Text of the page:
What a surprise! The Deepwater Horizon rig drilling for oil 5000 feet beneath the surface of the Gulf of Mexico broke down and has been gushing oil into our waters since April 20, with no end in sight. It’s another example of the “Nothing can go wrong… go wrong ..go wrong ..go wrong ..go wrong” syndrome — check the article I posted on May 19th about the stock market. The brief stock plunge didn’t do too much damage; the explosion on the Deepwater Horizon, which took the lives of eleven people and continues to spew oil into the Gulf of Mexico is a major catastrophe.
The headline in the June 21st edition of the New York Times, http://www.nytimes.com/, is “Lapses Found in Oversight of Failsafe Device on Oil Rig.” What does failsafe mean? It means nothing can go wrong. The extensively researched article under that headline reveals that this was no surprise to a great many thoughtful people in the industry.
Brown’s law says that for any engineered system to be reliable it needs to meet the following criteria:
• A technical system design has to assume that the worst-case scenario can definitely occur.
• A system design has to include safety features to cope with the worst-case scenario.
• A system whose failure would be a catastrophe should never include a single point of failure.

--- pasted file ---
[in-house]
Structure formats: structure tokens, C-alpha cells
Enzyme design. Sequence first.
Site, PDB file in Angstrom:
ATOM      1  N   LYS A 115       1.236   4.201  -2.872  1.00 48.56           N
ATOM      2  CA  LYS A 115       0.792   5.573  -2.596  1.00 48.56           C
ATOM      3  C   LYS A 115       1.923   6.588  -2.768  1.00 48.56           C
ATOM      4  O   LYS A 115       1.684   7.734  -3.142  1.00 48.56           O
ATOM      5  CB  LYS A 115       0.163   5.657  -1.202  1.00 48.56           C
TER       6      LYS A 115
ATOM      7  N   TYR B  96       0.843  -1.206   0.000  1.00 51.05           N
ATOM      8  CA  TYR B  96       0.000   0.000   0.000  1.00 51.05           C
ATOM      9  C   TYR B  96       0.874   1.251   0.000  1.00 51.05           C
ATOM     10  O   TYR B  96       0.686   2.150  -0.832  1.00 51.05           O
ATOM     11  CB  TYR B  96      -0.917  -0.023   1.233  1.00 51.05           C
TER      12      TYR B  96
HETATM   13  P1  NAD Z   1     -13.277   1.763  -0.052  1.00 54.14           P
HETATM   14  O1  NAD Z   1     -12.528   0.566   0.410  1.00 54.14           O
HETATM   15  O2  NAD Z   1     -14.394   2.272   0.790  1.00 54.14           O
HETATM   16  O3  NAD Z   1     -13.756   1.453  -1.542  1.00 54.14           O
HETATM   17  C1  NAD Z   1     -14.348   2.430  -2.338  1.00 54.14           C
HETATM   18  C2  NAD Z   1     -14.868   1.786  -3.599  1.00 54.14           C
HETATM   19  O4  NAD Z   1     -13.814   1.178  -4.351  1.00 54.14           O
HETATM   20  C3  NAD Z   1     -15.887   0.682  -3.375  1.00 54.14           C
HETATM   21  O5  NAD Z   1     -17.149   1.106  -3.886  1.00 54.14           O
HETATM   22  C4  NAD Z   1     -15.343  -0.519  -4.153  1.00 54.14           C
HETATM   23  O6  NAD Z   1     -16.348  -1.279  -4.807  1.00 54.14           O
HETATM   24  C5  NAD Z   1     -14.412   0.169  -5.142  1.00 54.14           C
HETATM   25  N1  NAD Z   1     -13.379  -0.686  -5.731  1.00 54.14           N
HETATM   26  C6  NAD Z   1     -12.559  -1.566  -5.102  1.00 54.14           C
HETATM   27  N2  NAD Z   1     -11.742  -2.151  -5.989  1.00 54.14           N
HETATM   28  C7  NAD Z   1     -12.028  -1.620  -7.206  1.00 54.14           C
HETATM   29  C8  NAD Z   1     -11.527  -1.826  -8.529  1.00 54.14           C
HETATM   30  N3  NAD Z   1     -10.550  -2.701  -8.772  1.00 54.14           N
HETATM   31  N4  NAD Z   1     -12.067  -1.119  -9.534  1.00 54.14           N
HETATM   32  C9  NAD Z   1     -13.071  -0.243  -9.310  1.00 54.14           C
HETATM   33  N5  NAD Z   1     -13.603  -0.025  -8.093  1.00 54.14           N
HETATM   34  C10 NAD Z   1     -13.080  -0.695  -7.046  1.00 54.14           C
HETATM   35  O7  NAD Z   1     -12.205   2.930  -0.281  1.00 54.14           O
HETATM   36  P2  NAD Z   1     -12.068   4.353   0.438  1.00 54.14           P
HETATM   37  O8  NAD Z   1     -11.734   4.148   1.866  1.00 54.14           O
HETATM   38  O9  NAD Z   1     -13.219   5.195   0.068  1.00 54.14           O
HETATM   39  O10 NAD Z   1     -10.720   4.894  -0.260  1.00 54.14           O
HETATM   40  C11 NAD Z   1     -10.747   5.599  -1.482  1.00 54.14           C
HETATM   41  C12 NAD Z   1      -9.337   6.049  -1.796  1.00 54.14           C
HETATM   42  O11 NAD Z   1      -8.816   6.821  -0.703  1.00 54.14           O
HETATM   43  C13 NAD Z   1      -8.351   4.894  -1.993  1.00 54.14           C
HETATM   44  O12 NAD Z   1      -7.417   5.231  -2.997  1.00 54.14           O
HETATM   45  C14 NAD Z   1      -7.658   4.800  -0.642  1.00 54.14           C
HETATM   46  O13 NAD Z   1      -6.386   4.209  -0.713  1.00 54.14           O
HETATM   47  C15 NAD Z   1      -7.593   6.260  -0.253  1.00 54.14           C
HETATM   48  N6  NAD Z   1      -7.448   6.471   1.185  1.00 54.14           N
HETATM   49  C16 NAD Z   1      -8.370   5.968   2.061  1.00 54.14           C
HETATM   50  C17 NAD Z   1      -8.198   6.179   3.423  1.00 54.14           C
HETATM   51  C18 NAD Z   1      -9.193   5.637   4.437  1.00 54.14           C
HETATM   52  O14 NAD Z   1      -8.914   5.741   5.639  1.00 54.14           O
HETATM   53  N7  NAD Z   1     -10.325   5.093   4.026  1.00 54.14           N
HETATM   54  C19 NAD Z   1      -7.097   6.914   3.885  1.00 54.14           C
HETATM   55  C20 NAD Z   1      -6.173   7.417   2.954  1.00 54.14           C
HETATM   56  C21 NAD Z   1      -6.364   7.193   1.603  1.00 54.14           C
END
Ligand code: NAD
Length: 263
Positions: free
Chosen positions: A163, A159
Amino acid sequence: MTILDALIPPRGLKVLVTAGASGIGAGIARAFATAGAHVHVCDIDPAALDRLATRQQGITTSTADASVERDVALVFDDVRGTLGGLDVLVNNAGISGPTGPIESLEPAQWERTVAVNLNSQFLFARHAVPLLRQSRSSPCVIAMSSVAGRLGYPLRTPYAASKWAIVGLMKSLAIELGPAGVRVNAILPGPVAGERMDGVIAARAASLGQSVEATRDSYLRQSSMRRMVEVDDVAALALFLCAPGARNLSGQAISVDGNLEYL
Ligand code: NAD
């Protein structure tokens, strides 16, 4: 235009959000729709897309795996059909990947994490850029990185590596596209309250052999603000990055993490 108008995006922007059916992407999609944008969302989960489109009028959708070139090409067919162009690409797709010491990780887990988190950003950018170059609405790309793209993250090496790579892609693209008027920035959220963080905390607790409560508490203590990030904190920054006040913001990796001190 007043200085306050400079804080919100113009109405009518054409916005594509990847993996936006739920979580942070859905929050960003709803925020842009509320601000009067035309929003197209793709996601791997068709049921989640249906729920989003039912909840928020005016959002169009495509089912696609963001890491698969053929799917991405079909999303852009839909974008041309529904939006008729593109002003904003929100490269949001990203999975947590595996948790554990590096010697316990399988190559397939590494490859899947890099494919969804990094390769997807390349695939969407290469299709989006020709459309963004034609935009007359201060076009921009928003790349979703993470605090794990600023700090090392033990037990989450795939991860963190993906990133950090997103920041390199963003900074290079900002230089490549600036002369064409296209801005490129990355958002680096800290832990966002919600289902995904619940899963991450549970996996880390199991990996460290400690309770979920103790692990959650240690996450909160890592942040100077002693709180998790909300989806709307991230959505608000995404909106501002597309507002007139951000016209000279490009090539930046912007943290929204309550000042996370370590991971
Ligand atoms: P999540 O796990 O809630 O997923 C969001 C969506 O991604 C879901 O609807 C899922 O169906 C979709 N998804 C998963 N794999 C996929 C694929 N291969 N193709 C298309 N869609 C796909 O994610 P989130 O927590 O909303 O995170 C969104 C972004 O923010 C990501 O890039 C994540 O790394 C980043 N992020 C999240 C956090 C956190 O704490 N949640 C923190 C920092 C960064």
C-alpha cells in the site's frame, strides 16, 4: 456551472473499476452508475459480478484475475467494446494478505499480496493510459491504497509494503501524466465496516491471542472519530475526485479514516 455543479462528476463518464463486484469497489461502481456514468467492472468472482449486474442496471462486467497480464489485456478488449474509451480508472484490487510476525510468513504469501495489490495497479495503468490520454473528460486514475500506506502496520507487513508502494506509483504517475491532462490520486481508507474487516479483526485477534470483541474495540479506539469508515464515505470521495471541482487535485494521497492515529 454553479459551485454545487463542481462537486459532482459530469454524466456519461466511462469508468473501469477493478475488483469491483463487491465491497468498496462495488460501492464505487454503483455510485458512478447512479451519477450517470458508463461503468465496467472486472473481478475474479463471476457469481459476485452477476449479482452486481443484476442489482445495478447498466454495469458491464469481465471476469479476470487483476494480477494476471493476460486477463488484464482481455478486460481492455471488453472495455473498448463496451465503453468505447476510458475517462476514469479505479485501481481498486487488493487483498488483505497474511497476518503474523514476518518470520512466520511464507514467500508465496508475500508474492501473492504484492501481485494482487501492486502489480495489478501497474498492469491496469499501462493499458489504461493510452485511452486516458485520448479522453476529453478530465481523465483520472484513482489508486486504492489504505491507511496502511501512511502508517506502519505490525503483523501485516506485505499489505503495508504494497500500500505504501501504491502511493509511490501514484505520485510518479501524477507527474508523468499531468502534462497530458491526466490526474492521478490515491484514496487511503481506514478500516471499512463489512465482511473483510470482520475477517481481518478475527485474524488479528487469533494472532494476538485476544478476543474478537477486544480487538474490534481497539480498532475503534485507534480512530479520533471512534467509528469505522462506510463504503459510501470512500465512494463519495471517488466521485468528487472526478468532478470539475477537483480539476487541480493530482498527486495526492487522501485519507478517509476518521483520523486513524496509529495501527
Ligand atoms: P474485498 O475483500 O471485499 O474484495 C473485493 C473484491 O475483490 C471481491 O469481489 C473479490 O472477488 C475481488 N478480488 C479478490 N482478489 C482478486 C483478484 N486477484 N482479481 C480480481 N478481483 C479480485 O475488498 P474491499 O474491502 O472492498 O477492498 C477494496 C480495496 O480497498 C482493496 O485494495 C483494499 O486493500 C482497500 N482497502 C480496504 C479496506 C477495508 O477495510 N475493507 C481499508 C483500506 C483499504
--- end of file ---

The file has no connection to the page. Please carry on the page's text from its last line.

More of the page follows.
• Safety features must be redundant.
• The design of safety features has to take into account practical limitations, such as cost.
• Cost of safety features must be balanced against costs of system failure.
• Nothing is completely failsafe.
Good Test and Maintenance
• The best design in the world is worthless without a serious program of regular testing and maintenance.
• The best testing and maintenance program in the world is worth very little if it is not based on accurate as-built information.
• The best testing and maintenance program in the world is worth very little without keeping complete and accurate records.
The story in the New York Times about the Deepwater Horizon describes how these rules were repeatedly ignored. The safety depended on a device called a blowout preventer (BOP). In the event of an accident this would cause a “blind shear ram” to cut and seal the pipe that connects the well to the outside world. It was supposed to be failsafe. IT DIDN’T WORK!! According to the Times, a confidential report from the year 2000, “concluded that the greatest vulnerability by far on the entire blowout preventer was one of the small shuttle valves leading to the blind shear ram. If this valve jammed or leaked, the report warned, the ram’s blades would not budge.” It was a single-point of failure.
What happened was no surprise — it was deliberately ignoring the principles of good design and test (Brown’s Law) in order to reduce costs. This is turning out to be a very costly set of decisions.
WILL WE LEARN FROM OUR FAILURES OR ARE WE DOOMED TO REPEAT THEM OVER AND OVER?